Although a fiery conclusion is the ultimate finale, there are many intermediate steps along the path. Ice, which has covered our planet many times in the past, is shown here as one of the major signs of the impending finish. Seas withdraw from coastlines and habitat zones shrink dramatically. Weather patterns undergo massive changes from what we experience. The authors use "time transport" techniques to enable you to envision the impact of these drastic variations. You visit future scenarios where plant life's extinction has taken herbivores with it. Grasses exist for a bit, but it's too desolate for complex grazers to enjoy them. Harsh winds scream across those savannahs, dehydrating the soil until the grasses, too, finally expire. These conditions, Ward and Brownlee contend, have likely already begun. The peak of plant diversity may already be behind us. Animal extinctions, accelerated by our presence, must surely follow.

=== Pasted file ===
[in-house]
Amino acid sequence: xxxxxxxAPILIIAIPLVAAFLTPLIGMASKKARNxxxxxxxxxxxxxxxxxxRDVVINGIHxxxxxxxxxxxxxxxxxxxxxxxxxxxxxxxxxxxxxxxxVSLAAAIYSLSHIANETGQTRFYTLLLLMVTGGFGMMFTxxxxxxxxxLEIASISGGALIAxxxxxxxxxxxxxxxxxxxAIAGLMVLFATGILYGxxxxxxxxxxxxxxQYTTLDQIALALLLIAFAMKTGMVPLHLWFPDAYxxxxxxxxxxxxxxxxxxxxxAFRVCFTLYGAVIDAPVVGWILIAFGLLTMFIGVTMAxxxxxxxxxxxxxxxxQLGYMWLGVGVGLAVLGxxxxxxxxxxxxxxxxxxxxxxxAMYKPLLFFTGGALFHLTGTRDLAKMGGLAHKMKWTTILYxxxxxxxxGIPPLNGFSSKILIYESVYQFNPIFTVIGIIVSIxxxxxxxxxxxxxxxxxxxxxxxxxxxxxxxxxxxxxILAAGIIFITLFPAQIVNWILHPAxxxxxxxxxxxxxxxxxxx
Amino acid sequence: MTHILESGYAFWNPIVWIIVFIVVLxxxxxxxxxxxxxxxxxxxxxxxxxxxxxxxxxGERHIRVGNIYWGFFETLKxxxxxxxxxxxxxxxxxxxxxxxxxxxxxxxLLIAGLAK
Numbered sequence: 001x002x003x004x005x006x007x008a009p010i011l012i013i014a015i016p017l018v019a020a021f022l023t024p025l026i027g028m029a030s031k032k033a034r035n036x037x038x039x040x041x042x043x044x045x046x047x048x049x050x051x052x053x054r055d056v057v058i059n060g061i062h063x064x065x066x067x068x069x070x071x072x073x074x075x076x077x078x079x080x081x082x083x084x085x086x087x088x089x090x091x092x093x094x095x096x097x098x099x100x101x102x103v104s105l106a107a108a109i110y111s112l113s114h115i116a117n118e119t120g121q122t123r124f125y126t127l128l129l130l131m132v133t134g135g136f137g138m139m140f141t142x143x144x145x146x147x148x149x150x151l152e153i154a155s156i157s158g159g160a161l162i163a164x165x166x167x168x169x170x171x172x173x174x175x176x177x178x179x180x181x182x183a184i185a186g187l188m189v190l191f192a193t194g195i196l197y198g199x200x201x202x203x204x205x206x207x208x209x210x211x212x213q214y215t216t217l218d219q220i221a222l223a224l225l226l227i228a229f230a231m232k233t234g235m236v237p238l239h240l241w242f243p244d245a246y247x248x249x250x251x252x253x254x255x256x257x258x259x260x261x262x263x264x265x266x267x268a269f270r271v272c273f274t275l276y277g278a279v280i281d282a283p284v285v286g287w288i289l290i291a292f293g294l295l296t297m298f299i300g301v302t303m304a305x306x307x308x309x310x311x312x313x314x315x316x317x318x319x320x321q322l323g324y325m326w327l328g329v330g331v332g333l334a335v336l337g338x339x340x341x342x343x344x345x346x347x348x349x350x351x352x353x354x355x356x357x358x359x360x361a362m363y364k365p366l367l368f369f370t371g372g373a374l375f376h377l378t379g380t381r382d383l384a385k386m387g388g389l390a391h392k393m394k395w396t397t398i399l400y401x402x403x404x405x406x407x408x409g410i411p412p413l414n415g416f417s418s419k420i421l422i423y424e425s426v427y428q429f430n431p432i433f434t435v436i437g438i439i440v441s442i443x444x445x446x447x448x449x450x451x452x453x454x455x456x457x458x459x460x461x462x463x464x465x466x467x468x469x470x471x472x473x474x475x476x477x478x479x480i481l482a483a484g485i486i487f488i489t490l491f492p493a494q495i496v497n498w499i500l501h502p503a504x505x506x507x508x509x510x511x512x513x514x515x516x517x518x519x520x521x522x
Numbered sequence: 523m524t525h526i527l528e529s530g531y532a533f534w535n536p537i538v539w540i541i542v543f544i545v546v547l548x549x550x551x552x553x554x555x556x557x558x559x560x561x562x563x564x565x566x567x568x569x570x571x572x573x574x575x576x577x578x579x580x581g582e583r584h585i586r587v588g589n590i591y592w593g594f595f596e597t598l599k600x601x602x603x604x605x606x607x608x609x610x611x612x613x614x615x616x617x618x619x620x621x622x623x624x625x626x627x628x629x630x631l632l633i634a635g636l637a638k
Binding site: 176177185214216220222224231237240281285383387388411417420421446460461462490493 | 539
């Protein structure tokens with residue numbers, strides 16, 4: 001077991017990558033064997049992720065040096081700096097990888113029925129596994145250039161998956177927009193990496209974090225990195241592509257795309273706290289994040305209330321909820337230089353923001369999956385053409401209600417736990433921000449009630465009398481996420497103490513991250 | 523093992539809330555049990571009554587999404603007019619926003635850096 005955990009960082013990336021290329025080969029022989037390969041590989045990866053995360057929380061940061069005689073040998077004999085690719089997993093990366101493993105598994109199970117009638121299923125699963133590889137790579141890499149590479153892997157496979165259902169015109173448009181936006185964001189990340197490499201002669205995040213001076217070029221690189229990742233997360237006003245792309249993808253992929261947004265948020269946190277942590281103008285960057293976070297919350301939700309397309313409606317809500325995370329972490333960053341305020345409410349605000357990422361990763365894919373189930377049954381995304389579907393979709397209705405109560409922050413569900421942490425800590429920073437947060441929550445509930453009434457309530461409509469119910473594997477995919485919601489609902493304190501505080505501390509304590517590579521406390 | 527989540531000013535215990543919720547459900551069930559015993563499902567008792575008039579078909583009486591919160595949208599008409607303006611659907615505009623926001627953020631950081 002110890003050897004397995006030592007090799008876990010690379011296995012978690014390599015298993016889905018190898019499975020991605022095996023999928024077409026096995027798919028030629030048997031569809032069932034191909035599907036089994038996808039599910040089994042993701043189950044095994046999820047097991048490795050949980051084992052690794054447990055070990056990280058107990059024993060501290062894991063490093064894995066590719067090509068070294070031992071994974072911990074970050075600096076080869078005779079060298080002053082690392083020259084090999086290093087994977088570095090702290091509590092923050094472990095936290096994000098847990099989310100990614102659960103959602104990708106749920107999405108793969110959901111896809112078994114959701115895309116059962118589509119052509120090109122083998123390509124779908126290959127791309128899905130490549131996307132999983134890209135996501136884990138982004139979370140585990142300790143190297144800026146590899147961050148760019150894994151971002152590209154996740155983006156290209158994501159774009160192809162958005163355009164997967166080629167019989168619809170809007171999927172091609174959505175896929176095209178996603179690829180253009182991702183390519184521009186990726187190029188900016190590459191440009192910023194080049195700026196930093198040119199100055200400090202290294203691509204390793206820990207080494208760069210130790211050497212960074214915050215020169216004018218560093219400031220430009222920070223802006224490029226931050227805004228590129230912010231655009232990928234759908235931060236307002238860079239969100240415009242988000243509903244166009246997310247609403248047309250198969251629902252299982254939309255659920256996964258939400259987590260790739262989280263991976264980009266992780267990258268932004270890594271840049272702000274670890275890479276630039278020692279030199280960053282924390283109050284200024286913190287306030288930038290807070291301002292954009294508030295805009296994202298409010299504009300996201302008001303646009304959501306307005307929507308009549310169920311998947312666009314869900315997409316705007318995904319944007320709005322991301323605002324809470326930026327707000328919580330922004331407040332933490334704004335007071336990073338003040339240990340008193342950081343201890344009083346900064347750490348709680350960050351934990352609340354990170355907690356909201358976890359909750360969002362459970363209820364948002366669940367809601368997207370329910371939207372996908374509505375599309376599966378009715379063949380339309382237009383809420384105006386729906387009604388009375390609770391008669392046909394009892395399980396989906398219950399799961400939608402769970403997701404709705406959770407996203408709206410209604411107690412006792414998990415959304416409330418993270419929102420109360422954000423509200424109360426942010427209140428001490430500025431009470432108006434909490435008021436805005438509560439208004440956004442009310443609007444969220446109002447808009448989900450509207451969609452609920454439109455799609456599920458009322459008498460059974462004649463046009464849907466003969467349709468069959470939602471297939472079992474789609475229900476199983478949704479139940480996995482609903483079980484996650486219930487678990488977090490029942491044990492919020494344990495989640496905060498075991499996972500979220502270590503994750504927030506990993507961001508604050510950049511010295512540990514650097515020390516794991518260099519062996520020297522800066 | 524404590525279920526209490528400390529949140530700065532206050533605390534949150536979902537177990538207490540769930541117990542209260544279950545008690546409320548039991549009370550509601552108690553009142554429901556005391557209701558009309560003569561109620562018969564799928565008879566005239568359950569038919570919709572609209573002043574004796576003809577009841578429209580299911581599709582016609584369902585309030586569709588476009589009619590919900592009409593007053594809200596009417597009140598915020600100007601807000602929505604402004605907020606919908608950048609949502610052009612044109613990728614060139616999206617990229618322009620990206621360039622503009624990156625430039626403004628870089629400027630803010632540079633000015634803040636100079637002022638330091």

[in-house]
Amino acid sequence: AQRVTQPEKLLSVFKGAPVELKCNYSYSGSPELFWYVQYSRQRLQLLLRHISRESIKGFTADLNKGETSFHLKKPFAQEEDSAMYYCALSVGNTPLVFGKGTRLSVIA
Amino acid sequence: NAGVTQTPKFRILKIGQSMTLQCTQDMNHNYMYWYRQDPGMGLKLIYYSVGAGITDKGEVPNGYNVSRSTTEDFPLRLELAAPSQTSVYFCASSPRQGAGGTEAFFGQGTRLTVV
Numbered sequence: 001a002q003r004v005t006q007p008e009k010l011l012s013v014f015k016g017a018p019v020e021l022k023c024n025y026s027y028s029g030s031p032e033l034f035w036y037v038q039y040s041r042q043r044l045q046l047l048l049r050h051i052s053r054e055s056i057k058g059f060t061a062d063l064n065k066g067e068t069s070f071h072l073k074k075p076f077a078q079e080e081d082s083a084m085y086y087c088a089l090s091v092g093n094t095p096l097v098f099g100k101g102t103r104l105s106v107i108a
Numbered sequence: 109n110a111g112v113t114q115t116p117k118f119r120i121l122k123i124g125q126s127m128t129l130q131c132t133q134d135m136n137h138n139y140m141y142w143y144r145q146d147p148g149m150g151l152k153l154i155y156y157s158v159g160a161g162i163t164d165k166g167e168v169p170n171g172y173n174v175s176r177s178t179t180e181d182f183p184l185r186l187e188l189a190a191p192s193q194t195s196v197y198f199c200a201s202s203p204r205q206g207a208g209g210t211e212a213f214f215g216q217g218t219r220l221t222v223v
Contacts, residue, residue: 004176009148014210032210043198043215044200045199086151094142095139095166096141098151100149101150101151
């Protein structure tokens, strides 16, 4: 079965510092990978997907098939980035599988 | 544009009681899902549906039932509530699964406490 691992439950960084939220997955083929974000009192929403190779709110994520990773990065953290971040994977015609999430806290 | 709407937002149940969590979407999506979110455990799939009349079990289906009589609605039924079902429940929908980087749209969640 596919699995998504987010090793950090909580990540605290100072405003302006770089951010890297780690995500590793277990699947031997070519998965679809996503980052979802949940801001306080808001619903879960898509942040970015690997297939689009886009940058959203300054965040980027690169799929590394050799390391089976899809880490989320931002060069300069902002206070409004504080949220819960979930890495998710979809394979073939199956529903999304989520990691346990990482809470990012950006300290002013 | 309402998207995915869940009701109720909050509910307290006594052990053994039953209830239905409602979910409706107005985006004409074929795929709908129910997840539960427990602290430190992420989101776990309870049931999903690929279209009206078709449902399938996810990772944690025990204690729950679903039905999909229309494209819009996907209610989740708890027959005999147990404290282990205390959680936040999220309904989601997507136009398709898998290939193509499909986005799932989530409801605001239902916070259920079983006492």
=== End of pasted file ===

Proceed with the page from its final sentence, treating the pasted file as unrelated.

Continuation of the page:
What of humanity, then? Raised with the ideal that we are evolution's "purpose", we believe we can overcome nature's greatest challenges. It's clear that even our esteemed technology must fall short of coping with an overheating Sun. The authors, who have dealt with extinctions in the past, deal ambiguously with the logic of human continuation to a distant future. While most species survive for a few million years, they suggest we will still be present when vast changes begin. They weigh the issues of our possible escape from the doomed planet in terms of will, available resources, advanced technologies and likely havens. All come up somehow short. A bleak prospect indeed.
The authors' expressive style captures your attention throughout. Not an academic study, yet still a serious assessment, this book will keep your attention throughout. With the new science of astrobiology as their foundation, little of their narrative is idle speculation. They write with authority, yet present their theme as a drama. Actors come and go, struggle to maintain their roles, but succumb in tragic circumstances. Referring to this book as compelling reading is almost damning with faint praise. While the scenarios are projected billions of years in the future, we can initiate many of the processes through carelessness.